And I respond by saying the very fact they are asking about MICROSOFT WORD documents reveals they should make the professional investment in Microsoft Office … and today that means a subscription to Office 365.

But I do like the mention of Microsoft Office Online at which is FREELY available with a FREE Microsoft account allowing anyone to use Microsoft Word in the browser (similar to Google Docs). And this gets even better if you have a subscription to Office 365.

And if you want to stick it to the man and not pay Microsoft then download the FREE Microsoft Word, PowerPoint or Excel apps and subscribe to Office 365 from inside one of those apps. You won’t save any money, but Apple gets 30% of what you pay 🙂

And by the way, if you have one of them new-fangled MacBook Pros with a Touch Bar AND you’re a Microsoft “Office Insider“, you can start using it with Office apps.

Don’t Be A Paster Hater…

Great write-up on how to use Alfred as a clipboard manager from @thesweetsetup.

I used LaunchBar for several years which is very similar to Alfred and was terrific. But like @thesweetsetup article I stopped using it when Spotlight got so much better at launching applications and finding documents.

A few months ago, however, I did need to find a good clipboard manager and found EXACTLY what I needed with Paste from

Paste has a beautiful, minimal, graphical interface that I can search when needed. The best part is that I can either paste exactly what’s on the clipboard (with all the formatting), or I have a shortcut (Shift + ⌘ + V) that pastes the plain-text of whatever I’ve copied (you have to install the Paste Helper utility separately).

I plan to post a video review of Paste here very soon.

A Perfectly Practical PDF Tip

Great PDF tip from Jonny Evans, the Apple Holic at Computer World.

I use the PDF dropdown in the Print dialog ALL THE TIME but I’ve never taken the time to customize the list. So next time I’m doing some research and saving web articles as PDF files I’ll automate the folder location where I save them.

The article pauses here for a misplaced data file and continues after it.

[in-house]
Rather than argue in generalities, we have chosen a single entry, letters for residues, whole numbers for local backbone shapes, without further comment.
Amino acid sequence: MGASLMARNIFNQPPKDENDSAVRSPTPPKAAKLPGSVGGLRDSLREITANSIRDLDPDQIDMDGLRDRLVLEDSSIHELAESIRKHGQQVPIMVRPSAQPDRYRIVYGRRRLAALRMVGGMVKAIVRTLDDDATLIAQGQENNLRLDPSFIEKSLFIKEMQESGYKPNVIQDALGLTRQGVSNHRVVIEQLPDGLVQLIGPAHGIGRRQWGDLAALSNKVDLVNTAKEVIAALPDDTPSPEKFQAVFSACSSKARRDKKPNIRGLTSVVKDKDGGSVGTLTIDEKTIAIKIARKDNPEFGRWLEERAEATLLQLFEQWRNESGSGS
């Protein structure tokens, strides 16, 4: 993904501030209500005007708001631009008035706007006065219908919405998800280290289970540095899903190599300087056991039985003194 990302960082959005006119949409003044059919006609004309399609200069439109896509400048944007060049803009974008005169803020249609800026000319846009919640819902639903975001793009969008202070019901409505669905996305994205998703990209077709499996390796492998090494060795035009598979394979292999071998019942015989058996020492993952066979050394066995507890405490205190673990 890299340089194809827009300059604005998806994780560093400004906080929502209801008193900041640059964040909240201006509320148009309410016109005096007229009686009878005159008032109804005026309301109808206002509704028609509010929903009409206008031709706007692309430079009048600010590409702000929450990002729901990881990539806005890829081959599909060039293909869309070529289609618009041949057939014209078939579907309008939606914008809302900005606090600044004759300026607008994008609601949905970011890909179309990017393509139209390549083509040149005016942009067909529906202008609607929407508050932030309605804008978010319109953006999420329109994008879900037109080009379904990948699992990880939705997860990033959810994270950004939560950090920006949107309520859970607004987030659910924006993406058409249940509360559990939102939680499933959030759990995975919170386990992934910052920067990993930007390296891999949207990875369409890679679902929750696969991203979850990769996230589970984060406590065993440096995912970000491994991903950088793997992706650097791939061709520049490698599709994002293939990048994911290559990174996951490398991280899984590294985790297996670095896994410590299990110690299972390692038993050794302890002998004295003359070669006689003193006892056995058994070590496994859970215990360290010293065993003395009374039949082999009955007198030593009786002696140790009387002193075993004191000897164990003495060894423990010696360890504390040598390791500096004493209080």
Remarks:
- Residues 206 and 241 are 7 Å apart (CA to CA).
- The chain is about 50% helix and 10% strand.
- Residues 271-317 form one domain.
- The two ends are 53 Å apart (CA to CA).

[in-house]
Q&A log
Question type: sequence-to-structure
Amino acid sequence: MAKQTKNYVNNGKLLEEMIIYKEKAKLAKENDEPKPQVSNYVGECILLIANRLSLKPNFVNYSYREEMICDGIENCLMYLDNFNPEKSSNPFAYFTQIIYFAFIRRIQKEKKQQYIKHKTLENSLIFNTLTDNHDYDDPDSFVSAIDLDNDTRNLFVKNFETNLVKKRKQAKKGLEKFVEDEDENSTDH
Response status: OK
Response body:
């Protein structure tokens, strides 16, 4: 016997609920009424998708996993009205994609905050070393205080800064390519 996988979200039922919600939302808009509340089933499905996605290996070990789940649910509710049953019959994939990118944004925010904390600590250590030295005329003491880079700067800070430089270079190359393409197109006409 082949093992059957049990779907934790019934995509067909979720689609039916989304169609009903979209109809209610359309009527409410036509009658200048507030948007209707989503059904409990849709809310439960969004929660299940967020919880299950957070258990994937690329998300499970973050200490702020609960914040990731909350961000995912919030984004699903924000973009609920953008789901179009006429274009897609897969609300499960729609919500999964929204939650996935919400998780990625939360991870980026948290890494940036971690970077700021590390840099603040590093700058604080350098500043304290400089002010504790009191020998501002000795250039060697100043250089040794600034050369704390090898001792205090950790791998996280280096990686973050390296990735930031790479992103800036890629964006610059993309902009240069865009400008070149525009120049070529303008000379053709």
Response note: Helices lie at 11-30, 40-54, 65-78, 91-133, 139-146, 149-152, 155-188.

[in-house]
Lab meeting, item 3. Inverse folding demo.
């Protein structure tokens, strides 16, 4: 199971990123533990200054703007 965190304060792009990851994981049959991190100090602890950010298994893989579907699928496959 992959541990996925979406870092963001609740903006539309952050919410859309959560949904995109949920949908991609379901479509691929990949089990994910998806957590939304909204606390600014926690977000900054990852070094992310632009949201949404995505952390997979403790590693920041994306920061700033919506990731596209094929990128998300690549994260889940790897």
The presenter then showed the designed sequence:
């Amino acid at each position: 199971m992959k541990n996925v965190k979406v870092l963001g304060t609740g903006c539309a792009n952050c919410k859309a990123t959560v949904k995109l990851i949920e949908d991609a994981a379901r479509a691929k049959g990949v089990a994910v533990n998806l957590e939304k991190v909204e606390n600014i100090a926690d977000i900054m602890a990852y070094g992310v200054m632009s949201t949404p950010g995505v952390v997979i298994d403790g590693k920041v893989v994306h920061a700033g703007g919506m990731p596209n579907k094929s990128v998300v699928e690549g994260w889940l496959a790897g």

Smarter Safari Surfin’

Always smart to skim through Safari tips since it’s an app that we use every day. After all, more and more of what we do is inside a browser instead of standalone software.

I was familiar with most of these tips although my favorite by far is the Reader View. If you’re not using this on your Mac, iPhone & iPad, then I don’t know how you can tolerate web pages today that throw gobs of ads and videos and cyber-detritus at you.

And another great list from MakeUseOf on Safari extensions. I try to keep my extensions to a minimum so my Safari overhead is low, but I couldn’t use Safari without extensions from 1Password or OneNote (which has largely replaced the use of the Evernote extension).

(Bunny picture courtesy of GRATISOGRAPHY by photographer Ryan McGuire)

My Wireless Keyboard Never Needs Batteries or Re-Charging!

Last month, BGR posted about my favorite wireless keyboard: the Logitech Wireless Solar Keyboard K750.

I actually use the black Logitech K750 for my Windows machine in my office, but there is a lovely silver version specifically for Mac … complete with the Alt/Option & Command keys.

I’ve been using the wireless Logitech Solar K750 for close to 6 years and it has been fantastic. AND I’VE NEVER HAD TO REPLACE THE BATTERIES!!!!

Two “solar” panels above the Function keys work with ANY light source. I’ve never used it outside, so the lamp and overhead light in my office (and presumably the light from my multiple monitors) keep the thing running all the time.

You can download Logitech’s “Solar App” if you want to track the battery life, but I rarely open it. A little sunshine button on the keyboard launches the app.

There’s also an on-off switch on the keyboard if you need to preserve battery life (I never turn it off).

The Logitech Solar K750 is a full-size keyboard, complete with a number pad on the right so make sure you have enough room on your desk. This is better than the OLD wireless Apple keyboard that came with iMacs. The rounded backs on these OLD wireless Apple keyboards were round and held two AA batteries, WHICH I HAD TO REPLACE SO OFTEN!!!!

The NEW wireless Apple keyboard (what Apple calls the “Magic Keyboard“) released in October 2015 does NOT use disposable batteries, but rather an internal rechargeable battery that is charged via a USB-to-Lightning cable.

Apple does sell a full-size keyboard WITH a numeric keypad but it is wired.

The Logitech Wireless Solar Keyboard K750 (black/Windows or silver/Mac) NEVER has to be re-charged OR have its disposable batteries replaced.

This is NOT a Bluetooth keyboard, but comes with a teeny-tiny USB receiver that Logitech calls the Unifying Receiver. And while you must give up a USB slot, the Unifying Receiver is kinda amazing – it can connect up to 6 devices on one receiver. I actually use it to connect BOTH the Solar Keyboard AND the Logitech Anywhere Mouse MX and it works great.

A couple of other interesting Logitech keyboards:

(Post contains affiliate links to Please feel free to visit Amazon separately.)

I Use Tabs in Finder Because I Like Tabs in Safari

I can’t use Safari without Tabs, and now I can’t use Finder without Tabs. I’m constantly accessing multiple folders in Finder and if I had to open a New Window every time I’d go crazy.